It is important to find credible print and online resources for your research paper. Get into the habit of evaluating information, especially if you are using sources that you find on the Web where anyone can post a webpage. Ask yourself the following questions:
Currency Is the information recent, or have there been newer updates?
Relevancy Why are you choosing this resource? What is the scope? Is this resource general or specific?
Accuracy Is this information correct? Can it be verified? Is it complete? Is it cited? Is it peer-reviewed?
Authority Is the author, creator, qualifications, or organization clearly stated? What is their reputation? What
type of credentials do they have, and are they appropriate to your topic?
Purpose Who is the intended audience? Is the site trying to sell anything? What biases does the author have
and how do they affect the resource?
Purdue Libraries. (2020, November 4). Evaluating sources: How to evaluate sources [Video]. https://youtu.be/KYrMC8ZaKA8
There are many methods for evaluating information. Two of the more popular methods are the CRAAP (currency, relevancy, authority, accuracy, purpose) test and CARS (credible, accurate, reasonable, support) evaluation method.
Snowden Library. Lycoming College. (2020, July 21). Evaluating online sources with the CRAAP test [Video]. https://youtu.be/Q8zRBdKlszE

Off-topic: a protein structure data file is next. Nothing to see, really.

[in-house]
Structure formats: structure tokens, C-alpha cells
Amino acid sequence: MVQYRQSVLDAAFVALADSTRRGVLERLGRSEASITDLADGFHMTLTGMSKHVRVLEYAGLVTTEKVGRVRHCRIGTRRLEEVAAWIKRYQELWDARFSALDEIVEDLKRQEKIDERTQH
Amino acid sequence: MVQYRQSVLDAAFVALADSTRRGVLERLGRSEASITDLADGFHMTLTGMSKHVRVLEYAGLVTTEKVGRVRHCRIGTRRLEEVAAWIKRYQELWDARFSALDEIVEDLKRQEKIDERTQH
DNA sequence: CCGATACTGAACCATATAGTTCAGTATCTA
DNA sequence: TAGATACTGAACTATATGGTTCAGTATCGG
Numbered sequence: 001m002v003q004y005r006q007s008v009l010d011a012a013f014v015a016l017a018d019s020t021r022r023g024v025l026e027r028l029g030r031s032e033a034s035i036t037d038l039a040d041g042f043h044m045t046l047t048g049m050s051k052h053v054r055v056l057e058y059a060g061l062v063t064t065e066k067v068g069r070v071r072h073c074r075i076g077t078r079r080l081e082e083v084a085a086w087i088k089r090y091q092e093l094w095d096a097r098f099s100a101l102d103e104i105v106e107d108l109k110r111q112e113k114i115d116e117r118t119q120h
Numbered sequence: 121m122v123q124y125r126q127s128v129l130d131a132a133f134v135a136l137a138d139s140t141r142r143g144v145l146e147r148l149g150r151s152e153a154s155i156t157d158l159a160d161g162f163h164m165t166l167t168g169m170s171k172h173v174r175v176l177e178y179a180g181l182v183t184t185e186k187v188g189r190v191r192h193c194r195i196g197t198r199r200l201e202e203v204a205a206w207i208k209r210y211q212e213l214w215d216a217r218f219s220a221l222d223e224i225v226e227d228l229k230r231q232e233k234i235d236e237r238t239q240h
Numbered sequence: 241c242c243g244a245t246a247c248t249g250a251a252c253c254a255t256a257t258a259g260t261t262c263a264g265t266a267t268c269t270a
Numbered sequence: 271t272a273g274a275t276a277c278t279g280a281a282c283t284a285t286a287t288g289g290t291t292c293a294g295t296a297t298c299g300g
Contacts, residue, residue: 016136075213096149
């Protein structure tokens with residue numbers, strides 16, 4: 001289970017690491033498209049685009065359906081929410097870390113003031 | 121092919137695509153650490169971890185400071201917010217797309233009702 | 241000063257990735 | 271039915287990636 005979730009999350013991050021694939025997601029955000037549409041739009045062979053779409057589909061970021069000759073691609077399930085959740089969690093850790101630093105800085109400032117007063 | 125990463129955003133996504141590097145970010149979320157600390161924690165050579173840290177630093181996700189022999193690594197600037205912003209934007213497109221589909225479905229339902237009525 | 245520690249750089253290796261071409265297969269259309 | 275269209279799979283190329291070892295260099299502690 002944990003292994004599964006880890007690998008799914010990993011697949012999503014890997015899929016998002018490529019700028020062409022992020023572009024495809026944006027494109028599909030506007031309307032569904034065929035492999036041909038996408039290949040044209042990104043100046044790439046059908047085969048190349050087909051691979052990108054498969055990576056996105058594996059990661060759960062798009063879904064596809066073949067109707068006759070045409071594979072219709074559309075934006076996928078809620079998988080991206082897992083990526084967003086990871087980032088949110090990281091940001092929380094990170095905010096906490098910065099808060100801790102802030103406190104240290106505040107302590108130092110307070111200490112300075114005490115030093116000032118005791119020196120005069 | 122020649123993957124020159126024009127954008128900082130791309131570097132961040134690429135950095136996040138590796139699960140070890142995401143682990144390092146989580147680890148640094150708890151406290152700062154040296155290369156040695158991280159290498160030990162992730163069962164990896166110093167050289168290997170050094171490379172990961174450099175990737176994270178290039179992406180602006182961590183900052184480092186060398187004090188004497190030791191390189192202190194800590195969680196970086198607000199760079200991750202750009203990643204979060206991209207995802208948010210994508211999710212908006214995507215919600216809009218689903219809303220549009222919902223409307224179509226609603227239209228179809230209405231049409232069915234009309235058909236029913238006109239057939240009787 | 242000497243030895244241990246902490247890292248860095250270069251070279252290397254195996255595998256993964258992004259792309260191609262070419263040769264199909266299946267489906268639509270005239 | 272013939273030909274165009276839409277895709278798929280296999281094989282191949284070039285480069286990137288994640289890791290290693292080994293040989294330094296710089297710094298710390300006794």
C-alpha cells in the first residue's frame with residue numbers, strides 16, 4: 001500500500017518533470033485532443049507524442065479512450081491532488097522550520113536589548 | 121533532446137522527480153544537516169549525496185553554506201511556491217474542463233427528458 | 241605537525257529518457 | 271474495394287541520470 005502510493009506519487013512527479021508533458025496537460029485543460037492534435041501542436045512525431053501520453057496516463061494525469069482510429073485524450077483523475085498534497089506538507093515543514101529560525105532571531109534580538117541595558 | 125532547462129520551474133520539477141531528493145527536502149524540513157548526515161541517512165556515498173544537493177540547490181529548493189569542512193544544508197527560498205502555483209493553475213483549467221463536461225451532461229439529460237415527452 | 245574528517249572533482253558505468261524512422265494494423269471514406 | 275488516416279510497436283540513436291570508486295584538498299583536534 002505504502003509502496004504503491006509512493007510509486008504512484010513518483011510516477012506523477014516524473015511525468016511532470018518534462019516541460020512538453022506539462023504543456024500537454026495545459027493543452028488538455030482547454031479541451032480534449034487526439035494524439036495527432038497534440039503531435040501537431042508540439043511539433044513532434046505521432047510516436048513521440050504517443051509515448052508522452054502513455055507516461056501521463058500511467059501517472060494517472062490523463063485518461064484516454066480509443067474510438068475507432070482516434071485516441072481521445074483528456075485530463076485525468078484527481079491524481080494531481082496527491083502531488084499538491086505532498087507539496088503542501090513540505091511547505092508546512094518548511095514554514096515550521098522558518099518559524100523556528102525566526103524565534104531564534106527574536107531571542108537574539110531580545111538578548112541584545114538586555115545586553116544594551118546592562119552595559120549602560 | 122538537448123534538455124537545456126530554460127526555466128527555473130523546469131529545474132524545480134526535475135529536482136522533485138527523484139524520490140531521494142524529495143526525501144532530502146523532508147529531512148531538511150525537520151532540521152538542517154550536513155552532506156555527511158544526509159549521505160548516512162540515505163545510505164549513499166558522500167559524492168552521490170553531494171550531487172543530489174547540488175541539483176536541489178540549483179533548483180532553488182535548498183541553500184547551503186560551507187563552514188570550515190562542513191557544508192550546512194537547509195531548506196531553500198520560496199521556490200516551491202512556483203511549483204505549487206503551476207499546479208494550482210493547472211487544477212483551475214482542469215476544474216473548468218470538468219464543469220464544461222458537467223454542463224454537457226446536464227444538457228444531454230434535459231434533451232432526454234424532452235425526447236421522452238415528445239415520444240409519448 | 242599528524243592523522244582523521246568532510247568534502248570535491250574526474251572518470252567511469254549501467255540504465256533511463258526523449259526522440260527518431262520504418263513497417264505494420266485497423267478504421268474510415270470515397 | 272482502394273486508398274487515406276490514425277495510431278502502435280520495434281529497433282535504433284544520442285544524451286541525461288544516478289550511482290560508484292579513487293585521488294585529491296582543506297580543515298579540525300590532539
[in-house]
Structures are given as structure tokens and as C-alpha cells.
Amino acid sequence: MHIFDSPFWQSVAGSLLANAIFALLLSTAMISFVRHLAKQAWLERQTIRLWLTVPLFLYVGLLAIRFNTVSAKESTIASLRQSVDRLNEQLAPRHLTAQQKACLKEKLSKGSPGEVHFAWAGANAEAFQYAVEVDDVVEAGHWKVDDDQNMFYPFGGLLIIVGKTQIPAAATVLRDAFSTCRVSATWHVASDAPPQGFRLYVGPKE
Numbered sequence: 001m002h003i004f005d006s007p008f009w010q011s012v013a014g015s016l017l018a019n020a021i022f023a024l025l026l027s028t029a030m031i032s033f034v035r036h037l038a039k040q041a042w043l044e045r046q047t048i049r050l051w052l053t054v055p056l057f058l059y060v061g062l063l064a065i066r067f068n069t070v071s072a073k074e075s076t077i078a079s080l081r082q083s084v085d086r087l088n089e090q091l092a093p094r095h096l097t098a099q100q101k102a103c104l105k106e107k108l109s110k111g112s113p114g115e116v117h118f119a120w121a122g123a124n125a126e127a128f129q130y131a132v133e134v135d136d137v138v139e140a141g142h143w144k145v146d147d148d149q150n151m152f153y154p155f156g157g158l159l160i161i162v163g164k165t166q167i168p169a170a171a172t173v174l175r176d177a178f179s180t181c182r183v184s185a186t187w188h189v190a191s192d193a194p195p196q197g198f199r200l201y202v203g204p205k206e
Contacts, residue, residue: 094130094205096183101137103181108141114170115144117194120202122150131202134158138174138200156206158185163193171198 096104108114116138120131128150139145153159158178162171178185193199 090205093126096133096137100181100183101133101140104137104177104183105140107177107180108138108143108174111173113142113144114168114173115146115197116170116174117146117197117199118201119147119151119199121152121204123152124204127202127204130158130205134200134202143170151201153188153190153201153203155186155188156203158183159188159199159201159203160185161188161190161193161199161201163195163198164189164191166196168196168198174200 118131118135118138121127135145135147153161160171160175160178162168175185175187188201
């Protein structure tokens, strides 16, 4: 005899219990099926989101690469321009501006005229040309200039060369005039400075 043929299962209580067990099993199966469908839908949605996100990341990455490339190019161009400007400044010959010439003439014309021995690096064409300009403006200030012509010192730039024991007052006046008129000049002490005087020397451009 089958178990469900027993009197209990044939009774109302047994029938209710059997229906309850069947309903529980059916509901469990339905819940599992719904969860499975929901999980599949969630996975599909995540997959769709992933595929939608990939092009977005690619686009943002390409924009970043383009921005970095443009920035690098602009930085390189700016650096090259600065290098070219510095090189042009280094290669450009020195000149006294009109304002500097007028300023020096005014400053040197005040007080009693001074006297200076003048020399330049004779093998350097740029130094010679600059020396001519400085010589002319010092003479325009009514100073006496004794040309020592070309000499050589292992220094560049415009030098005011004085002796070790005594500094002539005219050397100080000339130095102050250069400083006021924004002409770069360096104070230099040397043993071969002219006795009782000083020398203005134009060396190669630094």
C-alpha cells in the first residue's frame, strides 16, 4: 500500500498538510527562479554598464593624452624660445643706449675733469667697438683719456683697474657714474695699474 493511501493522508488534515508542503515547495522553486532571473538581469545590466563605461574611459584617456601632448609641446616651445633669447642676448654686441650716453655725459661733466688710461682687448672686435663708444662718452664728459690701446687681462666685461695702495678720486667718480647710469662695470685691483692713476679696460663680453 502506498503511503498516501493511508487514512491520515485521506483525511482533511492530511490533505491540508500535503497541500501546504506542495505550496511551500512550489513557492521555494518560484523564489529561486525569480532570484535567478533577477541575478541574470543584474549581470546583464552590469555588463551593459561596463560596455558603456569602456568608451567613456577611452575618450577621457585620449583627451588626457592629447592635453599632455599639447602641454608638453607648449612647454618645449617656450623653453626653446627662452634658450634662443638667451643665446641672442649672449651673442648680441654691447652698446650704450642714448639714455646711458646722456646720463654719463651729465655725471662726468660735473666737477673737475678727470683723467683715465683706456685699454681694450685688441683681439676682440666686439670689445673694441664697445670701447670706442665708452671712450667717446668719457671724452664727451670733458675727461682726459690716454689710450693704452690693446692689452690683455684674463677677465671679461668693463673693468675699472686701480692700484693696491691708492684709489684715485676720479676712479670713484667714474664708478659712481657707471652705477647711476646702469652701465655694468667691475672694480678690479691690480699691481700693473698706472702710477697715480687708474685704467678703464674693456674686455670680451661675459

The goal of peer review is to assess the quality of articles submitted for publication in a scholarly journal. The article undergoes the following process:
Is the journal in which you found the article published or sponsored by a professional society or association, or a university? Does it describe itself as a peer-reviewed publication?
Did you find a citation for it in one of your library's article databases that includes scholarly publications, i.e., Proquest Central?
In the database, did you limit your search to scholarly or peer-reviewed publications?
Is the topic of the article narrowly focused and explored in depth?
Is the article based on either original research or authorities in the field (as opposed to personal opinion)?
Is the article written for readers with some prior knowledge of the subject?
Is the article divided into sections with headings such as: Introduction / Theory or Background / Methods / Discussion / Literature review / Subjects / Results / Conclusion.
Search your library's article databases, many of which include peer-reviewed journals. To ensure that your results come from peer-reviewed or scholarly journals, do the following:
Read the description of the article database to determine if it features peer-reviewed articles.
On the database's search screen, look for a check-box that allows you to limit your results to peer-reviewed only.
If you didn't check off the "peer-reviewed articles only" box, look for an option that allows you to filter your results by resource type. For example, the database Proquest Central, provides an option for choosing "Scholarly Journals" in its "results" screen.
John Jay College of Criminal Justice. Lord Sealy Library. (n.d). Features of a peer-reviewed article. https://guides.lib.jjay.cuny.edu/evaluatingsources